Easy Homemade Soap Recipes

Homemade Rosemary and Eucalyptus Soap Recipe

Recipe of a natural herbal soap, made with rosemary and eucalyptus. Both plants contribute with very pleasant herbal camphor aromas, and very useful medicinal characteristics, to obtain a cool, refreshing and invigorating soap.


The star of this herbal soap recipe is eucalyptus. Eucalyptus essential oil, Eucaliptus globulus, is the one whose scent we associate with eucalyptus, and it’s mostly used as a fragrance for soaps and detergents. It is also used in the pharma industry, by isolating the substance called eucaliptol, the eucalyptus main active substance. Who doesn’t remember “Vick VapoRub”? Eucaliptol has bronchial-dilator properties, acting as a strong anti-septic and opening airways.


Eucalyptus by itself is an excelent plant for a refreshing soap, but having rosemary in my courtyard, and knowing that it also has very good medicinais properties I couldn’t help but to use it as well.

Rosemary (Rosmarinus officinalis) is an aromatic herb vety common in the Mediterranic regions. It was called rosmarinus by the ancient romans due to its special scent, which means in latim “sea dew”. It is very appreciated as a food condiment. It has desinfecting and aromatic properties, it’s a muscular relaxant, a memory activator and helps to strenghten the heart muscles. Rosemary is also scientifically known to reduce and prevent hair problems, namely, hair loss.

Thus, both plants contribute with very pleasant herbal camphor aromas, and very useful medicinal characteristics, some of which may even alleviate some symptoms of COVID-19 disease. Above all, here is a recipe for a very refreshing and invigorating soap. Try it at home!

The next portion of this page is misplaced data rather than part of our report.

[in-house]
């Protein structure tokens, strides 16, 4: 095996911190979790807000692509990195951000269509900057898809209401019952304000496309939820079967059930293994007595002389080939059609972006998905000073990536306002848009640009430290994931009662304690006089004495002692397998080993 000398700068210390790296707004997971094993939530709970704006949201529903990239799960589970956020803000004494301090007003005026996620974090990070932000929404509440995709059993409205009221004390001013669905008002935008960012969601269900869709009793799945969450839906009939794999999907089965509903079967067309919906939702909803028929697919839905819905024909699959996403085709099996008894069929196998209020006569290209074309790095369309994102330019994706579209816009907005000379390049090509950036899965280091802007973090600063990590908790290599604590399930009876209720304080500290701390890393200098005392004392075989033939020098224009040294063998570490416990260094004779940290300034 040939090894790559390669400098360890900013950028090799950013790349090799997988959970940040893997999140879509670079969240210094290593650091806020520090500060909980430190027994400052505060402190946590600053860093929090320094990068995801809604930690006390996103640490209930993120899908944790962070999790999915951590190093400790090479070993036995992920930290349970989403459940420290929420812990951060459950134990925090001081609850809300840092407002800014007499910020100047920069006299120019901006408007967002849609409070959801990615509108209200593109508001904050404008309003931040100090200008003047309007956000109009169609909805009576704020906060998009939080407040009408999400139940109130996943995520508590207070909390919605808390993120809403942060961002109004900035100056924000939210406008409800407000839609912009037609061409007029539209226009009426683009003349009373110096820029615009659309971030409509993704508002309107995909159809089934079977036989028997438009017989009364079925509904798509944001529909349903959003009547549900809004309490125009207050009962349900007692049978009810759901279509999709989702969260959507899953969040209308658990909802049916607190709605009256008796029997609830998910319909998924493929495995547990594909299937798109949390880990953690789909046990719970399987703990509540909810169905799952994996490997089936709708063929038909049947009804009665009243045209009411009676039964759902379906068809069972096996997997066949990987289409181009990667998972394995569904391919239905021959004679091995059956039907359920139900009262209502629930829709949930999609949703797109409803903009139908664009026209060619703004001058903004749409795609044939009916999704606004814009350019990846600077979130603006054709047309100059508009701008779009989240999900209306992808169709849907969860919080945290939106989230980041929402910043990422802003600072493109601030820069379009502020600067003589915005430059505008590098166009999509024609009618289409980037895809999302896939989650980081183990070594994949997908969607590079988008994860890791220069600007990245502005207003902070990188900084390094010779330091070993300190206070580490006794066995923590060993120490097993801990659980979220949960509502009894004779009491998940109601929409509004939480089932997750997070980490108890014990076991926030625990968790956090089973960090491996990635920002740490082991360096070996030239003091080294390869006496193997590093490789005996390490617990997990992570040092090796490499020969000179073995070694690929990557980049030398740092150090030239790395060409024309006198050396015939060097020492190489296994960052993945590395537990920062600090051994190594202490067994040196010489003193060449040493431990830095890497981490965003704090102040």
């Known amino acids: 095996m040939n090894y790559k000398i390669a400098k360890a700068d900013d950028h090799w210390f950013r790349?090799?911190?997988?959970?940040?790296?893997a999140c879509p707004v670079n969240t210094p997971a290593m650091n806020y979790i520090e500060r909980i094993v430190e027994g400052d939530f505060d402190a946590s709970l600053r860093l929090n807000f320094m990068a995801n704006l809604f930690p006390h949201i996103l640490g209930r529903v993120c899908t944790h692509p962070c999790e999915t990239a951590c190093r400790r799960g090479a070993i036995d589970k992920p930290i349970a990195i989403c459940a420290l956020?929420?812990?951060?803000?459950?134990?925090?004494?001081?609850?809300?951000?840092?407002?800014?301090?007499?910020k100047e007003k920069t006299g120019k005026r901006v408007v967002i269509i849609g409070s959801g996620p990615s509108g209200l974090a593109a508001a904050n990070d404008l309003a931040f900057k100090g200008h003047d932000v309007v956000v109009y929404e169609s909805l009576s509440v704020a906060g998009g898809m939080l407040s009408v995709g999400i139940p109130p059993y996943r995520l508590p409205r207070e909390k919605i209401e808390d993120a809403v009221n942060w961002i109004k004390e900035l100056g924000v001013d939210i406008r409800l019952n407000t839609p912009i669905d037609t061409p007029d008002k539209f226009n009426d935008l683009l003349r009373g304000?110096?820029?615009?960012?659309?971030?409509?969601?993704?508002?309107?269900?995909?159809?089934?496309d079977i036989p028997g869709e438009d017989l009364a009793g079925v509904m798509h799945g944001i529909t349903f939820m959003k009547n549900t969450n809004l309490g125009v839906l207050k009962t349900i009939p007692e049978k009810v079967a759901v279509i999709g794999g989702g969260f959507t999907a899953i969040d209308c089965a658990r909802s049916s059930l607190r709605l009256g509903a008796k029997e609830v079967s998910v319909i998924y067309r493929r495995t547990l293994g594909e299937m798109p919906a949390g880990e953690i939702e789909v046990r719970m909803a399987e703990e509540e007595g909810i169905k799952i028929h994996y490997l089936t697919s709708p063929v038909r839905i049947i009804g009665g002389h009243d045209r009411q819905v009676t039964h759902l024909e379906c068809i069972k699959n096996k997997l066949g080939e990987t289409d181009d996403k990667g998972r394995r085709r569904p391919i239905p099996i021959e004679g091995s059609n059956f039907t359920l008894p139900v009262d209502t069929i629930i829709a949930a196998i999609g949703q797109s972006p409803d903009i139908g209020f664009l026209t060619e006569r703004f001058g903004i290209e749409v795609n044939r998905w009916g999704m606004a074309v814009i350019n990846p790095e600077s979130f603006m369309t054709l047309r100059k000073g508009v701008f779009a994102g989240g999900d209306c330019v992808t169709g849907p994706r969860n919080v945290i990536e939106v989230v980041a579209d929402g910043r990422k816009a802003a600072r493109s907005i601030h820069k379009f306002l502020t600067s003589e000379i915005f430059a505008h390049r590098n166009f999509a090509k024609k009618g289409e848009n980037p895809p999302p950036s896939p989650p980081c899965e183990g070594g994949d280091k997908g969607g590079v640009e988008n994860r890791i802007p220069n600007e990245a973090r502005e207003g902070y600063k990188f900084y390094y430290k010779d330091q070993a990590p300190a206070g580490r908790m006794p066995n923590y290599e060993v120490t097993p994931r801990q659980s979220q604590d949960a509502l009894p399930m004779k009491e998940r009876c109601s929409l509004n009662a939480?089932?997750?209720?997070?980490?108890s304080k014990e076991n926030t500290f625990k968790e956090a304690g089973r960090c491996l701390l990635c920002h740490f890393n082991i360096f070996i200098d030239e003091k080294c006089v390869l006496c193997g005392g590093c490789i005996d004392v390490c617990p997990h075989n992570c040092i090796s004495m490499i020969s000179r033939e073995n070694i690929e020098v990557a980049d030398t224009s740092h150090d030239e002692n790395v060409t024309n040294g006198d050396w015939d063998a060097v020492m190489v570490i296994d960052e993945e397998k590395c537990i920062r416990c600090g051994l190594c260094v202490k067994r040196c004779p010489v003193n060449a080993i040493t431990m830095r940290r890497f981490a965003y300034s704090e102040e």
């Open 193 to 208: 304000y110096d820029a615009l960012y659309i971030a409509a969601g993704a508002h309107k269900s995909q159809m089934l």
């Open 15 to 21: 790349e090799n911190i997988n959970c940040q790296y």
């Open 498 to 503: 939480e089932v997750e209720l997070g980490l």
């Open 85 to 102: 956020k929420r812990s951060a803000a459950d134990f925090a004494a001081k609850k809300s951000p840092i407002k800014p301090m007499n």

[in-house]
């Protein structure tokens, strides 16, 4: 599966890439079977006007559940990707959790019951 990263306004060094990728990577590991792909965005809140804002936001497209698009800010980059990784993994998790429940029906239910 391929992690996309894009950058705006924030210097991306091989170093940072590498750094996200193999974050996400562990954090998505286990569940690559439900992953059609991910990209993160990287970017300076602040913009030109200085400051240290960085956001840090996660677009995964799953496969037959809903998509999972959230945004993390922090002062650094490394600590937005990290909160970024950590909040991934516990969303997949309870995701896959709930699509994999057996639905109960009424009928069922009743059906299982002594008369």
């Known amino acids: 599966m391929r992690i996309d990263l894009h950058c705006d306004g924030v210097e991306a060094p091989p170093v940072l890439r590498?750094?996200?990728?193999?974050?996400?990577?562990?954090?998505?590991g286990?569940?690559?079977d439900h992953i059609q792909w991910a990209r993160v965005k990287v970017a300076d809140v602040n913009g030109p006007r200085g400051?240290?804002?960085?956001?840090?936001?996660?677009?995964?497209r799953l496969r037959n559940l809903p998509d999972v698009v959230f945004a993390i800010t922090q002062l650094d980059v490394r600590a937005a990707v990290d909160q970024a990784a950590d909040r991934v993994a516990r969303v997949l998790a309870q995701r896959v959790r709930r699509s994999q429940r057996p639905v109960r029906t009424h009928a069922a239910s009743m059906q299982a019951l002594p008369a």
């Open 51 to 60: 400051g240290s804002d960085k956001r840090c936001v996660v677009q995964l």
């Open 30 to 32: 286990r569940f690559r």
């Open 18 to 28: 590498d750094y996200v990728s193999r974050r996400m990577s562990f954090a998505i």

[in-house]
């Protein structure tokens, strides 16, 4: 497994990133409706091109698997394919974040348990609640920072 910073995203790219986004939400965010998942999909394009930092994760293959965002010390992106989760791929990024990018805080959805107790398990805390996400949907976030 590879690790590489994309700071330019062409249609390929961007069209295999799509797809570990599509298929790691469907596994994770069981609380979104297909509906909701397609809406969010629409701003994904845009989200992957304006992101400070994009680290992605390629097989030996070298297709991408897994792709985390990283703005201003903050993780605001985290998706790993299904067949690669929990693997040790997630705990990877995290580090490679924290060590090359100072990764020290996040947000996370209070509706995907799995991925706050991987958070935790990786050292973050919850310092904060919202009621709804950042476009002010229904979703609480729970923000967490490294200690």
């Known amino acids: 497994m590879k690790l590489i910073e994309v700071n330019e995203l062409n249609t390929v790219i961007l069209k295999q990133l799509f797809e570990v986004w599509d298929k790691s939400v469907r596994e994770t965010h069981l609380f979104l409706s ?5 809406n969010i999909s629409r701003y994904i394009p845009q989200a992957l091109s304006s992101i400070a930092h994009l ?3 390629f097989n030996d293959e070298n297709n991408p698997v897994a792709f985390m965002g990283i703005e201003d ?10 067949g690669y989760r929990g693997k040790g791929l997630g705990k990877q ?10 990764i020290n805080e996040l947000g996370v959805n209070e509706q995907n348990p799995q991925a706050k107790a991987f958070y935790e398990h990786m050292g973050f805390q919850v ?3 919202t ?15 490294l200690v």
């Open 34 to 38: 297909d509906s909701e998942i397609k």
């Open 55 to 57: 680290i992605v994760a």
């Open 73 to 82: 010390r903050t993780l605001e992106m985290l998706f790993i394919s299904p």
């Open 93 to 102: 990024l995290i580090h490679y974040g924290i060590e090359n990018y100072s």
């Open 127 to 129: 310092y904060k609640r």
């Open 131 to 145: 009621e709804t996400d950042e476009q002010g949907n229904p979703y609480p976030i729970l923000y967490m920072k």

Reference: “https://revistajardins.pt/eucalipto-planta-vias-respiratorias/

Essential oils, dyes and dried herbs

About essential oils used: of course, the recipe uses essential oil of eucalyptus (eucaliptus globulus), and rosemary (rosmarinus officinalis). I still add to the blend some tea tree, scots pine and sandalwood amyris essential oils. This blend is a bit complex but it has a very rich camphorous/herbal/fresh scent.

You don’t need to use all these essential oils, simply adapt the quantities and you can use less essential oils.

As for the color, I use french (or illite) green clay, and a little bit of ultramarine blue and oxide chromium green (cosmetic safe and considered natural mineral colorants).

This recipe also uses the application of herbs. As mentioned in How to Make Soap From Scratch (see part of “Herbs and Flowers”) the herbs in soap should be added dry and ground. I ground mine with a coffee grinder practically until it was “powdered”, and that’s what I did in this recipe. You can see the decorative effect he created in the soap: black dots with a small brown / golden aura. It also gives a slight exfoliating effect.


For this, or any other recipe, you can always use any sort of molds.

I now prefer to use a loaf mold to be able to make soap designs, except for the castile soaps (with high % of olive oil) where I prefer to use the rectangular soap molds. Make sure that when you use loaf molds you are careful about the gel phase, and you properly insulate the mold.

It this recipe I’ve used the loaf mold but also a silicone mold with cute animals for children, as the soap you can see in the picture at the top of this post.

More Herbal Soap Recipes

Watch this video for Soap Making Safety instruction

Video in portuguese
Video in english

Watch this video for the Cold Process Soap Making tutorial

Video in portuguese
Video in english